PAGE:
[Ed. Note: Read A Single Starfish.]
From Earth in
This is the first in a series about what you can do to make a difference in a world that’s going to hell in a hand basket.
Last weekend, when I was on the Animal Wise radio talk show, Mike and Beth (the hosts) asked me how any of us can stay sane in a world that’s going to hell in a hand basket, what with all the abuse of animals, destruction of the oceans and forests, climate change, etc. – especially if, like me, you keep up with all of what’s in the news every day.
I suggested three things: Pick up starfish ... stick to a plant-based
diet ... and keep in touch with other people of like mind. We didn’t have
time to go into these in detail, so I thought I’d say a bit more here about
each of them.
Earlier today, I posted a story about the criminal conviction of a man who has made millions of dollars abusing Tennessee Walking Horses ... which reminded me of the fact that an old friend, Tom, had recently rescued a similar kind of walking horse from a life of similar abuse.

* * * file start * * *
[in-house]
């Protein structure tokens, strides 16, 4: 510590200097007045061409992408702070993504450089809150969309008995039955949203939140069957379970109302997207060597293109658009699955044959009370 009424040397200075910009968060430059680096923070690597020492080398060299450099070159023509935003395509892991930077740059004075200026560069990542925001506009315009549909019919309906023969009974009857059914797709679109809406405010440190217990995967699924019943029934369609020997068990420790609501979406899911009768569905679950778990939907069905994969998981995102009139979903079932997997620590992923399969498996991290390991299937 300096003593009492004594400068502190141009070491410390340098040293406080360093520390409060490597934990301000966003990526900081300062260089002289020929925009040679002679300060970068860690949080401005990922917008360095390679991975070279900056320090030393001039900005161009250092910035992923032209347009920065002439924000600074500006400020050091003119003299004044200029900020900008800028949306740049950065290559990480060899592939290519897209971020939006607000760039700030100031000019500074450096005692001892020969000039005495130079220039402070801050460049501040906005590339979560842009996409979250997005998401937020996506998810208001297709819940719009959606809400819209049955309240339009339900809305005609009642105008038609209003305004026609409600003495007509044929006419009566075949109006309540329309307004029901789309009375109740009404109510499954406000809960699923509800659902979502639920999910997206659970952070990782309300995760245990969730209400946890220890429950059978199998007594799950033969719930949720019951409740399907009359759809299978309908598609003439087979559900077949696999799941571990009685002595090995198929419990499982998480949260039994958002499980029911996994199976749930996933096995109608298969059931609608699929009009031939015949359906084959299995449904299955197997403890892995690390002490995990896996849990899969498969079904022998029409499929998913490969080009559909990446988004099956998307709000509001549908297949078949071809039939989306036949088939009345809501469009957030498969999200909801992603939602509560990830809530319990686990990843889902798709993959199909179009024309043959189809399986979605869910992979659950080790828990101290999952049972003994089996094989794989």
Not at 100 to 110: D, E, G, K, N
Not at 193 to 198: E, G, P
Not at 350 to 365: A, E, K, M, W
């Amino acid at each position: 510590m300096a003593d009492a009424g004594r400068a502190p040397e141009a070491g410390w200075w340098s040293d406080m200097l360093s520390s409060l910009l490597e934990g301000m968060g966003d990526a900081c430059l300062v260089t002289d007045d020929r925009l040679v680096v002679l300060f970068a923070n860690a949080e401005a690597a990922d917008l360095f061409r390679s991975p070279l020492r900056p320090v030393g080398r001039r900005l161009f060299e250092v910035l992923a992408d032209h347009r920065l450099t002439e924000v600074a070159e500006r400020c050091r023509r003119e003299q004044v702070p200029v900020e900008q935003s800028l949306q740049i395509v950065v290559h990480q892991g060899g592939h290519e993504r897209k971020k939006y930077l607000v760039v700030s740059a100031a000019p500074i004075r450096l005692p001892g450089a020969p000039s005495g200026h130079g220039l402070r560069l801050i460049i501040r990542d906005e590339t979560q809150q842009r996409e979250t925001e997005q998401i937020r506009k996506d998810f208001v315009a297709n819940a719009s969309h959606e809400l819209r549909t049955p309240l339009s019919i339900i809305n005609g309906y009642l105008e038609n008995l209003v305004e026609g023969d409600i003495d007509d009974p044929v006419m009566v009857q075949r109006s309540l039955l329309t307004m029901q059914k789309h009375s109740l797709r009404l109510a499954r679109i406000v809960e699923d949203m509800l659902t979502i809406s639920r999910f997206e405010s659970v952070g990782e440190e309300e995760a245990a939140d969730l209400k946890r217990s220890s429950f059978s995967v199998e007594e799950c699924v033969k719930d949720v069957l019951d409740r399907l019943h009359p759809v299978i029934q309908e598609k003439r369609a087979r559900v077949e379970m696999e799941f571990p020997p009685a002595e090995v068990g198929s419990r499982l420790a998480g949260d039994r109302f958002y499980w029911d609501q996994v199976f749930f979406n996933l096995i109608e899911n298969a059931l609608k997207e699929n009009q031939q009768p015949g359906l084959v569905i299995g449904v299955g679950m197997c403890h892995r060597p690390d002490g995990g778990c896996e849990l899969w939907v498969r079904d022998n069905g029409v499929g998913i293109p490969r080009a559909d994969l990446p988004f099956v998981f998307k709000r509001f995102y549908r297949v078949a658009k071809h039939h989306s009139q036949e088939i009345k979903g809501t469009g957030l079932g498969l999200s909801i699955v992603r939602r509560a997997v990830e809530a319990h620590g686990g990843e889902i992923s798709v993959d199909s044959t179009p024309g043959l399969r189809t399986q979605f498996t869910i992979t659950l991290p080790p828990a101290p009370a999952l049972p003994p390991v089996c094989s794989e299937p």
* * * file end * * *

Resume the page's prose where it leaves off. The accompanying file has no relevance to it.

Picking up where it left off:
Picking Up Starfish
When I was driving through Flagstaff, Arizona, a few months ago, I stopped to visit Tom, a professor of music who used to teach at Northern Arizona University and conducted the local symphony orchestra.
In the early 1990s, he used to come up to Best Friends Animal Sanctuary for a few days with his Basset dog, Bubbles, and a tent. The two of them would camp out at Dogtown so that Tom could wake up each morning to his favorite music: the chorus of hundreds of dogs greeting each other at sunrise. And then he’d get busy with his favorite activity – what he called The Zen of Poop Scooping.
“You always have lots of big thoughts,” he said over lunch after I'd regaled him with the latest news of the Sixth Great Extinction. “But I’m in starfish mode.”
Tom was referring to the story of a boy who’s walking along the beach and sees an old man picking up starfish and throwing them back in the ocean. “But there are millions of starfish getting washed up every day,” he says to the old man. “What you’re doing doesn’t make any difference.” The old man picks up another starfish and says to the boy, “Well, it’s going to make a quite a difference to this one.”